NOTE: Azure here refers to the modern color specification of azure, not heraldic 'azure'.

Plain cyan field

[edit]

Plain cyan field, with mobile charge(s)

[edit]

Plain green field

[edit]

Plain green field, with mobile charge(s)

[edit]

Plain brown field

[edit]

Plain brown field, with mobile charge(s)

[edit]

Plain buff field

[edit]

Plain buff field, with mobile charge(s)

[edit]

Note: Refer also to the heraldic ticture tenné

Plain gold, yellow field

[edit]

Plain gold, yellow, with mobile charge(s)

[edit]

Plain orange field

[edit]

Plain orange field, with mobile charge(s)

[edit]

Plain red field

[edit]

Plain red field, with mobile charge(s)

[edit]

Plain pink field

[edit]

Plain pink field, with mobile charge(s)

[edit]

Plain raspberry field

[edit]

Plain raspberry field, with mobile charge(s)

[edit]

Plain maroon field

[edit]

Plain maroon field, with mobile charge(s)

[edit]

Plain purple field

[edit]

Plain purple field, with mobile charge(s)

[edit]

Vertical division of the field

[edit]

Note: For 'unequal width vertical biband', see #Side

Equal width vertical triband

[edit]
Bicolor equal width vertical triband
[edit]
Bicolor equal width vertical triband, plain
[edit]
Bicolor equal width vertical triband, charged
[edit]
Tricolor equal width vertical triband
[edit]
Tricolor equal width vertical triband, plain
[edit]
Tricolor equal width vertical triband, charged
[edit]

Other equal width vertical triband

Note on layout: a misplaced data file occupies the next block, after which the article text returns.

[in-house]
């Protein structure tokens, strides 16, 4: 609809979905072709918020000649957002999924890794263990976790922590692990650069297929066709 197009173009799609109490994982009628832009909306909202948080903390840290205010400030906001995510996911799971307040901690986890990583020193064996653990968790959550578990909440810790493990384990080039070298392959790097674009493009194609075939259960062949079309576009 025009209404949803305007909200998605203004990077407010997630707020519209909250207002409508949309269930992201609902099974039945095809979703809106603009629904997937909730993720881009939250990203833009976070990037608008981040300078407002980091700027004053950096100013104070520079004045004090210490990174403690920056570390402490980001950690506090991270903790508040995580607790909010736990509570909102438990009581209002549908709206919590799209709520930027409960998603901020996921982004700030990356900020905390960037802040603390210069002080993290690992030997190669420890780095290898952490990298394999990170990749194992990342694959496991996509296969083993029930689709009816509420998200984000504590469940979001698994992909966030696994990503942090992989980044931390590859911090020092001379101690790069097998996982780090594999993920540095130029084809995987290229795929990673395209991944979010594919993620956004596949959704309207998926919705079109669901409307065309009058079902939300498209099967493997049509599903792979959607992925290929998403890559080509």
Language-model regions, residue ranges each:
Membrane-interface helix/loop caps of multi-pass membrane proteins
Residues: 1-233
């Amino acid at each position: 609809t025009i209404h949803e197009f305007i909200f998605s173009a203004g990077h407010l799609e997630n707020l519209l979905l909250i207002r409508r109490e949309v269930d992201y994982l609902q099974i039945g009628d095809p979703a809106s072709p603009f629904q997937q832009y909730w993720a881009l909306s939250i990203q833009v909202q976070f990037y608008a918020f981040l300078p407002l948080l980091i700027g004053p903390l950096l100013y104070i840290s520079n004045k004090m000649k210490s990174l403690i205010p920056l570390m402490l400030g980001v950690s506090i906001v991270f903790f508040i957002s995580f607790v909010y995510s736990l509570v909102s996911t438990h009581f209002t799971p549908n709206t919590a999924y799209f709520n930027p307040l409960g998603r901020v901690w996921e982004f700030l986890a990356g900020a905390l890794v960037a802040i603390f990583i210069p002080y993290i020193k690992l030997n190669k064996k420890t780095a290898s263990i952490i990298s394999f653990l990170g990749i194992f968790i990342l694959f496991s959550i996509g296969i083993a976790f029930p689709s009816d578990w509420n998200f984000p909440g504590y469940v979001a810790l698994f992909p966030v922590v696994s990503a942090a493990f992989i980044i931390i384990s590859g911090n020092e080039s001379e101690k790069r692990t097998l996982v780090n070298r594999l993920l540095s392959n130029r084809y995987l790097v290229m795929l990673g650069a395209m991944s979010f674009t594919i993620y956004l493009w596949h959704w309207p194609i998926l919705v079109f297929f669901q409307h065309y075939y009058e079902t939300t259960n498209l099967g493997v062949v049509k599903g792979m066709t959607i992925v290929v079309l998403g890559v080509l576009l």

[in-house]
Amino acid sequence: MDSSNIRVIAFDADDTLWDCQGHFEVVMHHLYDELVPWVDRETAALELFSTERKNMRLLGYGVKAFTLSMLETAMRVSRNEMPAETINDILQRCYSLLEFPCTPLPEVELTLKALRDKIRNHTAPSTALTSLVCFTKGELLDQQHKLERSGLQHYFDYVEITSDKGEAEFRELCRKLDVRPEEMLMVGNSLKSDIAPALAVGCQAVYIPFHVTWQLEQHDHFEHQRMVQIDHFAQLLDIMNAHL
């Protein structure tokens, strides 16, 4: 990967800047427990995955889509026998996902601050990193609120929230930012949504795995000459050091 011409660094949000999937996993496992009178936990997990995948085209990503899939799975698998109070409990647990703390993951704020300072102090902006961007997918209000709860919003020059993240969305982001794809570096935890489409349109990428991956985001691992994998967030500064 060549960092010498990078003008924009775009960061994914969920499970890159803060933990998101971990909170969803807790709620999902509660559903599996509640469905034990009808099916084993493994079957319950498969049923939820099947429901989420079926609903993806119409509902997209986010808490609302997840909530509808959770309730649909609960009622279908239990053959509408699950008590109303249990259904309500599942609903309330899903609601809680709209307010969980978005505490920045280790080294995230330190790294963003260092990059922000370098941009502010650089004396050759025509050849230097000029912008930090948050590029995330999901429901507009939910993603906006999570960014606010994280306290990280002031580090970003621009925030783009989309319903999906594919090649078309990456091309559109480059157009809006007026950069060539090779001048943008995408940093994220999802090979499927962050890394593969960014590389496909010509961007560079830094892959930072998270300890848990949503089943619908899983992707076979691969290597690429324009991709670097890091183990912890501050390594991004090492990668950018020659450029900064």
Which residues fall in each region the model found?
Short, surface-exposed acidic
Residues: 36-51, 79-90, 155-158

[edit]

Unequal width vertical triband

[edit]
Canadian pale adjacent
[edit]
Other unequal width vertical triband
[edit]

Equal width vertical multiband

[edit]

Unequal width vertical multiband

[edit]

Horizontal division of the field

[edit]

Horizontal biband, plain

[edit]

Horizontal biband, charged

[edit]

Other biband

[edit]

Note: For 'unequal width horizontal biband', see #Chief and #Terrace in base (Champagne)

Equal height horizontal triband

[edit]
Bicolor equal height horizontal triband
[edit]
Bicolor equal height horizontal triband, plain
[edit]
Bicolor equal height horizontal triband, charged
[edit]
Tricolor equal height horizontal triband
[edit]
Tricolor equal height horizontal triband, plain
[edit]
Tricolor equal height horizontal triband, charged
[edit]
Fimbriated (or filleted) equal height horizontal triband
[edit]

See also #Triangle at hoist with equal height triband field

Unequal height horizontal triband

[edit]
Unequal horizontal triband, center band wider than 1/3 but narrower than 1/2 hoist
[edit]
Bicolor Spanish fess
[edit]

Note: Center band is equal to half the height of the hoist.

Tricolor Spanish fess
[edit]
Unequal horizontal triband, center band wider than 1/2 hoist
[edit]
Center band slightly wider than 1/2 height of hoist
[edit]
Center band 3/5's height of hoist
[edit]
Center band almost 3/5's height of hoist
[edit]
Center band more than 3/5's height of hoist
[edit]
Wide center band, fimbriated
[edit]

See also #Unequal width horizontal multiband > #Pentaband and more

'Andean fess'*
[edit]

*Term introduced here, by reference to 'Spanish fess': an unequal triband with an upper band 1/2 the height of the hoist, and two lower bands each 1/4 the height of the hoist.

'Andean fess' adjacent
[edit]
'Andean fess' adjacent, inverted
[edit]

See also #Terrace in base (Champagne)

'Latvian fess'*
[edit]